As Frank Sinatra sang: “Regrets? I’ve had a few, but then again, too few to mention”.
Well OK, I’ll mention just one. In the early Nineties I was working in Seoul, Korea, and I was invited to attend a lecture in Seoul by Stephen Hawking. I was desperately keen to go, but I had a meeting booked at the same time with the MD of a key customer. Torn both ways, I finally decided to do the decent thing, go to my meeting and miss the Hawking lecture. I’ve regretted it ever since. I couldn’t remember, today, the name of the Korean customer, or why it was important to see him. But I can remember Stephen Hawking, and I may never have another chance to hear him.
Of course I read mathematics at Cambridge (1962/65), and Hawking is the Lucasian Professor of Mathematics at Cambridge – a Chair once held by Isaac Newton – which adds to my interest. Nevertheless, I think Hawking is wrong to argue that new discoveries in mathematics or astrophysics can disprove the existence of God, however much Richard Dawkins may relish the idea.
I don’t pretend for a moment to follow Hawking’s abstruse mathematics. But I find it simply not credible that the Universe should emerge from nothing, which seems to me, at least, to suppose that an effect can be its own cause (and if the Universe can spring from nothing all by itself, then presumably God – or anything else – could do the same, and the whole scientific structure of cause and effect would be lost). Hawking may well have understood, better than anyone else, how the Universe came into being, but no amount of physics will answer the metaphysical question “Why?” (Though our ability to ask a question does not mean necessarily that any meaningful or satisfactory answer exists).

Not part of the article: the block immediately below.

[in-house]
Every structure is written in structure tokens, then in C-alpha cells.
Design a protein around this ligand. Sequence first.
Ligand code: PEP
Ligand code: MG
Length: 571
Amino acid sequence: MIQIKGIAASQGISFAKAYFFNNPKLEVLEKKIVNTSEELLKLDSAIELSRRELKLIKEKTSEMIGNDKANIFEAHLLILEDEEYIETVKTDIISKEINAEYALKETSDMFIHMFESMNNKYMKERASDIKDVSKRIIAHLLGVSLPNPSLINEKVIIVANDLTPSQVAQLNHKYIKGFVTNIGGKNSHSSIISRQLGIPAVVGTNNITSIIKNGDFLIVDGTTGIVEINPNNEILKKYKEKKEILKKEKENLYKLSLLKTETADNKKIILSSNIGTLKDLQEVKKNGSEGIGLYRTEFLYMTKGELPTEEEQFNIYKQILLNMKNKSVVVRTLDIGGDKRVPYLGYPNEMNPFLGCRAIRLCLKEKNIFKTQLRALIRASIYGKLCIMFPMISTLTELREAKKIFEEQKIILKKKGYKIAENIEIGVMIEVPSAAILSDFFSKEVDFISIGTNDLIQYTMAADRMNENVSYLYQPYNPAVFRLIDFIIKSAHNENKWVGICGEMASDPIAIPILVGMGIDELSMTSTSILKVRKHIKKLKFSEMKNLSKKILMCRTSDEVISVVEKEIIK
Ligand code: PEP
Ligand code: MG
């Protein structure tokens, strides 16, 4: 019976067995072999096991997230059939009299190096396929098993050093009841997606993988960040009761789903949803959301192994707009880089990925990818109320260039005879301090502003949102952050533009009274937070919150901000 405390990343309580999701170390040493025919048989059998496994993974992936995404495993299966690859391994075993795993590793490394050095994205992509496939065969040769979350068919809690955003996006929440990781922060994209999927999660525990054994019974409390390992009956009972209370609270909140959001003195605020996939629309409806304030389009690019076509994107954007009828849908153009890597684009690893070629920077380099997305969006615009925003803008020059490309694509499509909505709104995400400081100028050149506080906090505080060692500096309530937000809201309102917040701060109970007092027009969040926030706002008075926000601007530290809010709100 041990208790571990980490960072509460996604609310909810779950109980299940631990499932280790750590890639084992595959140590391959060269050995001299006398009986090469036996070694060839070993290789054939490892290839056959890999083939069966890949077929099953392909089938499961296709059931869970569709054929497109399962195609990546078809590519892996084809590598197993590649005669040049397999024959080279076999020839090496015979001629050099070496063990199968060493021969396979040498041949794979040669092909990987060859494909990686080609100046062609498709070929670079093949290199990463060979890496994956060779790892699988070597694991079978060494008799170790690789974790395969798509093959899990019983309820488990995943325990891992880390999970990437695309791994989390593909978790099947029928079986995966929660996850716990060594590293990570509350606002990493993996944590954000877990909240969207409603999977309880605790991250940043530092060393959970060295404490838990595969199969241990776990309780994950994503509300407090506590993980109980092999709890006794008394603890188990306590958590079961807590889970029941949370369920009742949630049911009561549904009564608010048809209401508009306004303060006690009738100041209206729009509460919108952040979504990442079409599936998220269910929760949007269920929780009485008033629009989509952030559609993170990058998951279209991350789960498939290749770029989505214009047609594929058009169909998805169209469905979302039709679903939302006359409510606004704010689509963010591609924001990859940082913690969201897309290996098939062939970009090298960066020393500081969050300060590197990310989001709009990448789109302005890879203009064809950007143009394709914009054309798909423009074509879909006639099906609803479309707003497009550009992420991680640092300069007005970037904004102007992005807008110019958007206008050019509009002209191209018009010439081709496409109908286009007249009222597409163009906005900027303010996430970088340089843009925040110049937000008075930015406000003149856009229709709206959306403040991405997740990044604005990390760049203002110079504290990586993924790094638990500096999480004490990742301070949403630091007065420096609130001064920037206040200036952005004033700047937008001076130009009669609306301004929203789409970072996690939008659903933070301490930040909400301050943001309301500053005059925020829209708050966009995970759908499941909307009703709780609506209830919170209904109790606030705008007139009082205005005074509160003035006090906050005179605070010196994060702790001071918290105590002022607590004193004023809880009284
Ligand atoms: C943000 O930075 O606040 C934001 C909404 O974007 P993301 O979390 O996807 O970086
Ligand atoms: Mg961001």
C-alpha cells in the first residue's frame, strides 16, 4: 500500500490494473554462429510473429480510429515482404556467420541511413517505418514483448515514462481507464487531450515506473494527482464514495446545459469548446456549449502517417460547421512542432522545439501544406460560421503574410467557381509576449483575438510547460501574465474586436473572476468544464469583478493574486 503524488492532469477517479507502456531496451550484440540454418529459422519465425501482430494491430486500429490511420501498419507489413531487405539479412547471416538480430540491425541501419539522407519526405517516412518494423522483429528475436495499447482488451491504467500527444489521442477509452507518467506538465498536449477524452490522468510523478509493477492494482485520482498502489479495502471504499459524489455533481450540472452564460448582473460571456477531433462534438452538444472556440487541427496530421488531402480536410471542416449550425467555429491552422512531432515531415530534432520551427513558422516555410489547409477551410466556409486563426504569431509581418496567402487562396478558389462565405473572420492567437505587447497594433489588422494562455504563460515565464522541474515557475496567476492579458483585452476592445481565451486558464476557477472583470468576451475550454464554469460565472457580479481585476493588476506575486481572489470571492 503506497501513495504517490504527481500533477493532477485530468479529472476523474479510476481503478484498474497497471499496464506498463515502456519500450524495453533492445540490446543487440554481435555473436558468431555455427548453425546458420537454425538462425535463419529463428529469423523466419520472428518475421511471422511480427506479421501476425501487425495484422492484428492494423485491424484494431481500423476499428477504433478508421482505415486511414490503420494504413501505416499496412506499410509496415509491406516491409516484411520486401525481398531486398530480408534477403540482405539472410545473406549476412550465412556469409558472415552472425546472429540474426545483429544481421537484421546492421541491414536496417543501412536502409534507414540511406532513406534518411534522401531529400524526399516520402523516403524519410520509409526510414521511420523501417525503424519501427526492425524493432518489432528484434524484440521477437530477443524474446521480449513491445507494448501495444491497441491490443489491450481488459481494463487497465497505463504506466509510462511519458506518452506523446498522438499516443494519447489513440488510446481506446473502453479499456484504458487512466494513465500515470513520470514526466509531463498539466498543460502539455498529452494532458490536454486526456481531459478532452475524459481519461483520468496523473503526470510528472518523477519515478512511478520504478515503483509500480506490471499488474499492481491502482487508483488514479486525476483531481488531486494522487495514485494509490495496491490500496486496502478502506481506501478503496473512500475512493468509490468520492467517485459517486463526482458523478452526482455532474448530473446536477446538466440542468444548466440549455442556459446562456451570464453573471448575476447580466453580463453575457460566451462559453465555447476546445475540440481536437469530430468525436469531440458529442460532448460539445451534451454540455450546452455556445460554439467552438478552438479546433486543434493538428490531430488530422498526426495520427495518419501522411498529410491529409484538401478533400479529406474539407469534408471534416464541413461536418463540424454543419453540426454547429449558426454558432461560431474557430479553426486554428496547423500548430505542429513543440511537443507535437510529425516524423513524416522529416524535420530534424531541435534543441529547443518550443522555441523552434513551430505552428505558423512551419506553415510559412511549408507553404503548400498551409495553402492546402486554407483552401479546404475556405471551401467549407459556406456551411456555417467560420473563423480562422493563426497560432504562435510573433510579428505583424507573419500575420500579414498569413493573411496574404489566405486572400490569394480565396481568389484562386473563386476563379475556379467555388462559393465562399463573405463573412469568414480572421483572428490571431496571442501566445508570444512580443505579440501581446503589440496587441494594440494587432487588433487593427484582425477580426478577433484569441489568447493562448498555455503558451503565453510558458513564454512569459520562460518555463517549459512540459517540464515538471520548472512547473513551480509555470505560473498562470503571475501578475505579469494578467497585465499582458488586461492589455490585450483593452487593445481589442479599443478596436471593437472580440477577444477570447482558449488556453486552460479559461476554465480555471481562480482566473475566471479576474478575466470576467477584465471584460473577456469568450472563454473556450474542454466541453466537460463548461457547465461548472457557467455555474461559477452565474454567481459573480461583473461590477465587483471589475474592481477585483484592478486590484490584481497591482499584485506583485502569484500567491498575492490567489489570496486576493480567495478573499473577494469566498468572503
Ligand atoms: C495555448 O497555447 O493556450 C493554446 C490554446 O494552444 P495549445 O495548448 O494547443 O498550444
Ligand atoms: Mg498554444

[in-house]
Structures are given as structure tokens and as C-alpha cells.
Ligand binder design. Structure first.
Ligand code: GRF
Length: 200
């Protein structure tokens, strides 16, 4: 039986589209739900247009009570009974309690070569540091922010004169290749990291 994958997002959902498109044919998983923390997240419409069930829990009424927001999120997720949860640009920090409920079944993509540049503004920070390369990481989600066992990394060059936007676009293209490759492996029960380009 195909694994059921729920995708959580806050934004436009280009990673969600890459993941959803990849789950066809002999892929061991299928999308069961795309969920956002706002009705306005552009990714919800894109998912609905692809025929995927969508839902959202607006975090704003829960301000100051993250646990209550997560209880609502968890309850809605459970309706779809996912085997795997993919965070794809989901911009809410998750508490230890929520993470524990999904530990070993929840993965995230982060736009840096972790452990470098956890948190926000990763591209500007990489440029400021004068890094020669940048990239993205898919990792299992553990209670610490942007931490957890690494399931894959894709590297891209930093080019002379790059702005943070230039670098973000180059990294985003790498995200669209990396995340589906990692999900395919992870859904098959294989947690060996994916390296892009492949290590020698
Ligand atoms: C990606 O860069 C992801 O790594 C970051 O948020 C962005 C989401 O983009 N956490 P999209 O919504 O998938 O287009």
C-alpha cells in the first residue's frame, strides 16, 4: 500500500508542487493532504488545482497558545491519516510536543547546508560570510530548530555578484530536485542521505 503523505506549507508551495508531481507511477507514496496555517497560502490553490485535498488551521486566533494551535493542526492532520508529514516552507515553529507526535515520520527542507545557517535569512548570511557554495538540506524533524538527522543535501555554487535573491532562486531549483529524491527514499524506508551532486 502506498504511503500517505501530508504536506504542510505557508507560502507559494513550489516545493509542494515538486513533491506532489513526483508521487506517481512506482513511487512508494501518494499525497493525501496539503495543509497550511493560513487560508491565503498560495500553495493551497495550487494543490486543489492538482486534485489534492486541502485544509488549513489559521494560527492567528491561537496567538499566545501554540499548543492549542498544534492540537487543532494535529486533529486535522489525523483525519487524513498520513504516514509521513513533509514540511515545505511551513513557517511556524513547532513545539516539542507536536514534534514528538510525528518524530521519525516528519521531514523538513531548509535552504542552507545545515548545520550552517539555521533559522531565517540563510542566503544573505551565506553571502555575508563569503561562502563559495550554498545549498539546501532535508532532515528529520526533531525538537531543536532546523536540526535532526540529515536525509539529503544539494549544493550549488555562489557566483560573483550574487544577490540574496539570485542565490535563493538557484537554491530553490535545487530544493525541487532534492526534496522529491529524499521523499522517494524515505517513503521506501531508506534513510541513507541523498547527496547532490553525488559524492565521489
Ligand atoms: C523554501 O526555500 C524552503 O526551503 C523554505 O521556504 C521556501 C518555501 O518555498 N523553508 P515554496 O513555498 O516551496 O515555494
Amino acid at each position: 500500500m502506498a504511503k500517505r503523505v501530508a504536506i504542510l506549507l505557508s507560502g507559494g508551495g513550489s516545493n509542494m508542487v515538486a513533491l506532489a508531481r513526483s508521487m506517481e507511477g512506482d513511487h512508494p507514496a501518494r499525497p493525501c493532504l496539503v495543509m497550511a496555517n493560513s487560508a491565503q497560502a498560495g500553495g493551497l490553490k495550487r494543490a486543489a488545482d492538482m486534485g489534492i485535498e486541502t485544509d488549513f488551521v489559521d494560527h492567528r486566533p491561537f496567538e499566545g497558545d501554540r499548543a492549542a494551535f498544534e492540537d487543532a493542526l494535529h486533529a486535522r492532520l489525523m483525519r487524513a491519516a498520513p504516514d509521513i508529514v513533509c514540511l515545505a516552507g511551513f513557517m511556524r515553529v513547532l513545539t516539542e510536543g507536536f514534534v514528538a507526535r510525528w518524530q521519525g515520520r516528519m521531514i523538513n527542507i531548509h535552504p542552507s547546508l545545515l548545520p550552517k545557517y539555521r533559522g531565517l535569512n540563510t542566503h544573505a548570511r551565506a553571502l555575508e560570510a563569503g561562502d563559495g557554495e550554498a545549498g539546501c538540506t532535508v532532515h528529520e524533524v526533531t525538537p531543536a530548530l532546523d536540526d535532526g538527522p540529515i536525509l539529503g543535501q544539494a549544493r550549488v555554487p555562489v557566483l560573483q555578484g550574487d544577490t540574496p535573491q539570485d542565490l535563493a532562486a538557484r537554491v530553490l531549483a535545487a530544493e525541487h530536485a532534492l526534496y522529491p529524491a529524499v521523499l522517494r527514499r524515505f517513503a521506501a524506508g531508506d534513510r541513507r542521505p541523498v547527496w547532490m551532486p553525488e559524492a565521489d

I always like to recall the Mediæval cartographers, who recognised the limits to their knowledge, but rather than leave boring gaps in the corners of their maps, chose instead to populate the unknown areas with mythical beasts, dragons or improbable marine creatures. My view is that despite all the amazing advances in science, it is asking too much for our species, on a rather ordinary planet orbiting a rather ordinary star in an odd corner of a fairly ordinary galaxy, to expect to understand everything in the Universe, to comprehend all knowledge. The amount that is unknown is presumably infinite. But no matter how much we know, our body of knowledge remains finite, so no matter how much information we acquire, no matter how much science we do, the unknown remains infinite.
Some people choose to define God in terms of the gaps. He is out there in the unknown, along with the Mediæval cartographers’ mythical beasts. Others choose to define him in terms of the “Why?” question, rather than the “How?” question which is (or may be) the preserve of physics. But that comes down to faith – either you believe it, because it seems plausible and the arguments persuade you, or (like Dawkins) you are happy to recognise the great unknown, but see no reason to populate it with speculative life forms, whether God or dragons.
My point is that physics and faith are essentially different things, dealing in different questions, and you cannot use ideas from one field to prove or disprove anything in the other. Physics cannot disprove religion, any more than religion can disprove physics. Not even Stephen Hawking.